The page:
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Nigerian Baptists embrace chance to reclaim schools taken in ’76

OGBOMOSHO, Nigeria (BP)–The leader of the Nigerian Baptist Convention has voiced support for returning mission schools to the nation’s churches.
S. Ola Fadeji, the Baptist convention’s general secretary, according to an article in Ogbomosho’s Sunday Tribune in mid-July, said Baptists are fully prepared to take over the schools. According to the newspaper, some state governors in southern Nigeria are moving ahead with plans for negotiations with churches to make the transfer.
Olusegun Obasanjo, democratically elected as Nigeria’s president earlier this year, was the nation’s president in 1976 when the schools were moved from religious groups to the government.
Among other church leaders, the new Anglican bishop of the Igbomina Diocese, Michael Olukayode Akinyemi, said the schools should be given back to the religious bodies in order to bring back quality and discipline to the educational system.
Archbishop Felix Alaba Job of the Catholic Archdiocese of Ibadan told the Sunday Tribune, “[T]he Catholic Church has never hidden its intention to recover her schools since the takeover … .”
The number of Nigerian schools that could be involved in the transfer was not specified in the article.
“Our duty,” Fadeji told the newspaper, “will be to instill good and positive discipline in the schools, to ensure that moral instruction and good citizenship is taught and to help in making the infrastructures and other physical facilities good-looking.”
However, the announcement has brought Muslim opposition. While Christians say they intend to have an open-admission policy, Muslims say they fear their children will be denied access to the schools. Muslim-Christian tensions in the country continue, reflected by a recent call by Muslims in Ilora, capital of the northern Kwara state, for the removal of Christian churches from their communities and a ban on constructing new ones.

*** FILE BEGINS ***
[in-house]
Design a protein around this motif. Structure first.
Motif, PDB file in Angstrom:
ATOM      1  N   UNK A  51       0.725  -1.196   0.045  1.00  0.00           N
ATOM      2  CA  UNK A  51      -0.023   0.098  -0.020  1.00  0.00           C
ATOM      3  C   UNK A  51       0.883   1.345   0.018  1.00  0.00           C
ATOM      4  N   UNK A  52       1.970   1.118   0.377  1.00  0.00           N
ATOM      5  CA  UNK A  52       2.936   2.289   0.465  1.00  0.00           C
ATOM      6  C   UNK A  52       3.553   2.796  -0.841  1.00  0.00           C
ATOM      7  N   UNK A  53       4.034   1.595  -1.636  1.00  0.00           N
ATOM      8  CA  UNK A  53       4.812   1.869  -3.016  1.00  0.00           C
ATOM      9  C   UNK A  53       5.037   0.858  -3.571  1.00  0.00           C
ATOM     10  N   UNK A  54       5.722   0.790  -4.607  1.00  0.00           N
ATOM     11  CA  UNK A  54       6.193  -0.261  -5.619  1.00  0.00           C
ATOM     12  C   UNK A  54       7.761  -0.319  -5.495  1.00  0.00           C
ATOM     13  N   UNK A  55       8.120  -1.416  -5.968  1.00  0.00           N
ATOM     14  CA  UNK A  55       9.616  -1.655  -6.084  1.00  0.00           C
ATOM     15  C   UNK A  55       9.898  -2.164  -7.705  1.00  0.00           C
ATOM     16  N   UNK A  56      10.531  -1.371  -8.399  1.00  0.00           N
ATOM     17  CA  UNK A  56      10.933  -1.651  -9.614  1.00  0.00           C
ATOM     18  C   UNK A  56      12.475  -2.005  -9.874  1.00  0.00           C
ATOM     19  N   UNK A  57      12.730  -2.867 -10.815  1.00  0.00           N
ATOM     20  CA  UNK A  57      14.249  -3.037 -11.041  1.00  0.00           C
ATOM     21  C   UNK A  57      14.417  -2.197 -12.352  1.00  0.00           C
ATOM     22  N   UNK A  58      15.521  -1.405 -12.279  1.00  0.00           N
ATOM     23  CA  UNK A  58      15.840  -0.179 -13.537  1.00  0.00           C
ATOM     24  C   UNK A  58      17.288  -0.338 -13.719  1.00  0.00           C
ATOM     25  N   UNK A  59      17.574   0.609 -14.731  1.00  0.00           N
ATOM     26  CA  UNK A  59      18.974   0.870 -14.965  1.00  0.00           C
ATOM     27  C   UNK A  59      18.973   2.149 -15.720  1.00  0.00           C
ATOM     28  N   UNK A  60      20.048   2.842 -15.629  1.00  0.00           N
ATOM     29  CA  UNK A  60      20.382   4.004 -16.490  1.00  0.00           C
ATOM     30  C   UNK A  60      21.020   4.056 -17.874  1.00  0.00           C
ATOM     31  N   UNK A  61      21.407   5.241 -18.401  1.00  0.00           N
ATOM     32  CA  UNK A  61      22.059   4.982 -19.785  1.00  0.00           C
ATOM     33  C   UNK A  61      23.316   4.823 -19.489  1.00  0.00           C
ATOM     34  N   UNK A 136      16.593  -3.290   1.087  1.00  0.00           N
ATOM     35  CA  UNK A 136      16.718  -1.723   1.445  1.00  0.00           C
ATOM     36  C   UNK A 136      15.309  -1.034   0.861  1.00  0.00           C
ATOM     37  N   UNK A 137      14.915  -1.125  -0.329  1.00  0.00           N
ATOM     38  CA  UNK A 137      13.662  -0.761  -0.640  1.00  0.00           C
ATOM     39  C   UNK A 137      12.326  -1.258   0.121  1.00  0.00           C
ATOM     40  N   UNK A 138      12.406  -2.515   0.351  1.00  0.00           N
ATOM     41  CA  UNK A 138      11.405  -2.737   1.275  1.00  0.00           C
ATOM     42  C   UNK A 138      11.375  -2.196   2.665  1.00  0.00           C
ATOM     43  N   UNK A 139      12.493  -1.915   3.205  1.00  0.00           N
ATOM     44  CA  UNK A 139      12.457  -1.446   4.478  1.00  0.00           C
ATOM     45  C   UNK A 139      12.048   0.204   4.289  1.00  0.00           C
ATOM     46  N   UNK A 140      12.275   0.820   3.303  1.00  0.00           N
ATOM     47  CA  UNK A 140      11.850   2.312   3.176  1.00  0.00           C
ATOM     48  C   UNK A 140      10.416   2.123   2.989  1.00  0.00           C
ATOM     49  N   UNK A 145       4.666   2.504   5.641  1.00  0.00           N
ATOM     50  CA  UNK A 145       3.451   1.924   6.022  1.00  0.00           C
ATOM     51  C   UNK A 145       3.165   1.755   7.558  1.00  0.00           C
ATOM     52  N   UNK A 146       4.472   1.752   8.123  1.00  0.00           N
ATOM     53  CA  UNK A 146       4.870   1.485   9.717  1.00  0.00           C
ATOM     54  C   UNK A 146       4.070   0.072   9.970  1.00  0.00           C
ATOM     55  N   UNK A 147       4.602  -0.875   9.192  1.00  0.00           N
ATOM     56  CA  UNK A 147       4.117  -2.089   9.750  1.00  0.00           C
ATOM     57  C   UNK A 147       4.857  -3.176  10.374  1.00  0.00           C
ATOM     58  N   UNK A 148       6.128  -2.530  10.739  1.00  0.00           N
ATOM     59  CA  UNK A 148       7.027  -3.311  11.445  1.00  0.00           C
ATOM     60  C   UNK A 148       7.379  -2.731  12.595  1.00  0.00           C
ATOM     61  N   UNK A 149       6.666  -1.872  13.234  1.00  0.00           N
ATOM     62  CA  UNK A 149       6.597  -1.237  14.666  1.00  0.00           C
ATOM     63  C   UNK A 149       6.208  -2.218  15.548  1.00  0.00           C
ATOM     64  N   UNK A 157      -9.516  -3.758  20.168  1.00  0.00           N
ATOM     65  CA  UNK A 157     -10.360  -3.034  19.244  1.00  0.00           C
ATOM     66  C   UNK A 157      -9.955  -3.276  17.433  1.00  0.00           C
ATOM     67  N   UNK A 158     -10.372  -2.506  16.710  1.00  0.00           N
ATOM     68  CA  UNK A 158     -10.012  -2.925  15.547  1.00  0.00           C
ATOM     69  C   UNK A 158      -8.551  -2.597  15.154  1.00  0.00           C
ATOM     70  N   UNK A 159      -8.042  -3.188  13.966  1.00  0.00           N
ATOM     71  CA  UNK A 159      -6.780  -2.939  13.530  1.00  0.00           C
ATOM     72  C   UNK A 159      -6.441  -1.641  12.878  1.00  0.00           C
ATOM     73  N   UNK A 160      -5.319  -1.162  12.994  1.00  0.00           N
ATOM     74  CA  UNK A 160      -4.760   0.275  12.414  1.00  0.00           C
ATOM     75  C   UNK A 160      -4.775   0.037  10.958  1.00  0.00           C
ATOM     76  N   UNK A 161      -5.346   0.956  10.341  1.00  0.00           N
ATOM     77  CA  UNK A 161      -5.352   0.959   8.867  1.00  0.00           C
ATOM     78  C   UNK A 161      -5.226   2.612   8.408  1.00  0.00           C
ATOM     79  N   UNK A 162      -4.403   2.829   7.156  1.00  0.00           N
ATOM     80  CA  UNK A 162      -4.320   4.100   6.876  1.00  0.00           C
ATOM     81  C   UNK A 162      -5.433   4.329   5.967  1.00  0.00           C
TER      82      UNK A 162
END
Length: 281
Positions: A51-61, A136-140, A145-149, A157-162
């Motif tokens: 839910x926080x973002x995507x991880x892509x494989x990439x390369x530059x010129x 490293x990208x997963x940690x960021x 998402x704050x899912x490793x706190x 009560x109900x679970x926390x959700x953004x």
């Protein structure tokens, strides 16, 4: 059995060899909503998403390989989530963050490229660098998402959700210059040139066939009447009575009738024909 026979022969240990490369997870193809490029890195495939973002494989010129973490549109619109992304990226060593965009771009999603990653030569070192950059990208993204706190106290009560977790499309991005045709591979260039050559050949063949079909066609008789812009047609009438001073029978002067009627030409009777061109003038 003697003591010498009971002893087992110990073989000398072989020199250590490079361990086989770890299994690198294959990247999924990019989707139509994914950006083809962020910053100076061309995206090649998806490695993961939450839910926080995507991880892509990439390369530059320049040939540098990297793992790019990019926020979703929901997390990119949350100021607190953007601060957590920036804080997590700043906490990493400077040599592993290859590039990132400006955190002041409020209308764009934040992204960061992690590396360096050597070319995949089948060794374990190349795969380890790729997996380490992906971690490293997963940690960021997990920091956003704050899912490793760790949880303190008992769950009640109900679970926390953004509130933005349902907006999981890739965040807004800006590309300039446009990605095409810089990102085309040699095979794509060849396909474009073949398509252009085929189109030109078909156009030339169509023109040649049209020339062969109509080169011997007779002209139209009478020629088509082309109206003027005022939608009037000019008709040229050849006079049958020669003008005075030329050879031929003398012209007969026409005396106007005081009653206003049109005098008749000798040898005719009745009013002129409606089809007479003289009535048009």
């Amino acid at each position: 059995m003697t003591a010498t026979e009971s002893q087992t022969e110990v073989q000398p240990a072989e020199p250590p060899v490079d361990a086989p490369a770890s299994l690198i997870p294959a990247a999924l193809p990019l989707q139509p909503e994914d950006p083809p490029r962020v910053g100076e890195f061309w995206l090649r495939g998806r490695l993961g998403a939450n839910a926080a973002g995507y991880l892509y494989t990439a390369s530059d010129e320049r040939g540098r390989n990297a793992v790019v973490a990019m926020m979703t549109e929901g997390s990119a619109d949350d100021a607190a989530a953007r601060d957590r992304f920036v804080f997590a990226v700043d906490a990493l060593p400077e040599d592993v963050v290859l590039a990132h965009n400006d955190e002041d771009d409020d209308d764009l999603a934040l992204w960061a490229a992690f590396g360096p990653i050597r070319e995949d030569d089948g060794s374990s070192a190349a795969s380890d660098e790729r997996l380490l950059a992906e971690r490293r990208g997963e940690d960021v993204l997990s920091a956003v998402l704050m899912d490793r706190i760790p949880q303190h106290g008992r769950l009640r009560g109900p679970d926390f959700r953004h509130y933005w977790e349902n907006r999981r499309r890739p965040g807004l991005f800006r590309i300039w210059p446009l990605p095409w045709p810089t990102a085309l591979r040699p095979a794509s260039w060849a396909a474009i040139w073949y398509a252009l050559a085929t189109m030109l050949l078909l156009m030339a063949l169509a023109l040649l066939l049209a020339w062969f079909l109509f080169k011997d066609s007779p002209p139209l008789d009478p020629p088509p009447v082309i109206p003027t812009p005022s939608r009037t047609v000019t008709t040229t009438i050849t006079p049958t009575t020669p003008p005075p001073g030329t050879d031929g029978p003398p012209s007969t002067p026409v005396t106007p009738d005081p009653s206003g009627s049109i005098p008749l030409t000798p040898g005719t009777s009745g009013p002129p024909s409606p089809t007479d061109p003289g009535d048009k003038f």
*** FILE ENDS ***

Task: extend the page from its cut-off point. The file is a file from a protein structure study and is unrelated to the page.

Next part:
Fadeji said he is not surprised at the Muslim opposition because their schools are few compared to the number of Christian schools. However, he said the Muslims have nothing to fear. “We cannot deny that the children will be evangelized,” he said, “but we can assure them like in the past that we will not force anybody to become a Christian.”
He pointed out that great Nigerians, like M.K.O Abiola, who until his death of a heart attack was the elected leader of Nigeria, was a Muslim who had been educated in a Christian school.
The takeover of mission schools by the government by 1976 was a source of much controversy because mission schools, traditionally a strong part of overseas mission programs, were highly esteemed.
Throughout Africa and many parts of the world, leading government officials and others have all been educated in mission schools, but the move to independence in many countries included a desire to shake off what was seen as foreign influences, even though the schools were the mainstay of much of the countries’ education.
After 15 years of military rule, Obasanjo has been outspoken about the role his faith will play in leading Nigeria. After he was imprisoned by the former military ruler, Ibraham Babangida, he told of undergoing a profound spiritual transformation, with some help from Baptist leaders.
In Nigeria, politics has deepened the religious divide, according to Religion Today story on the Internet. Muslim military leaders have ruled the British colony since the 1980s, but Obasanjo, in one of his first acts, established a panel to investigate persecution of Christians from 1983 to the present, leading Muslims to claim he is discriminating against them.
Resuming responsibility for formerly Baptist schools is not a worrisome financial concern, Baptist leader Fadeji told the Sunday Tribune. Finances are a secondary issue, the newspaper described Fadeji as saying. “[T]o start a project at all, you must first prepare your mind for it and that is what the church has done,” he said, noting that for a number of years “the church has prepared itself spiritually, morally and psychologically for the takeover.”
Fadeji assured teachers currently in the former mission schools they will retain their jobs and that ultimately the move will be beneficial to them.

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  • Wendy Ryan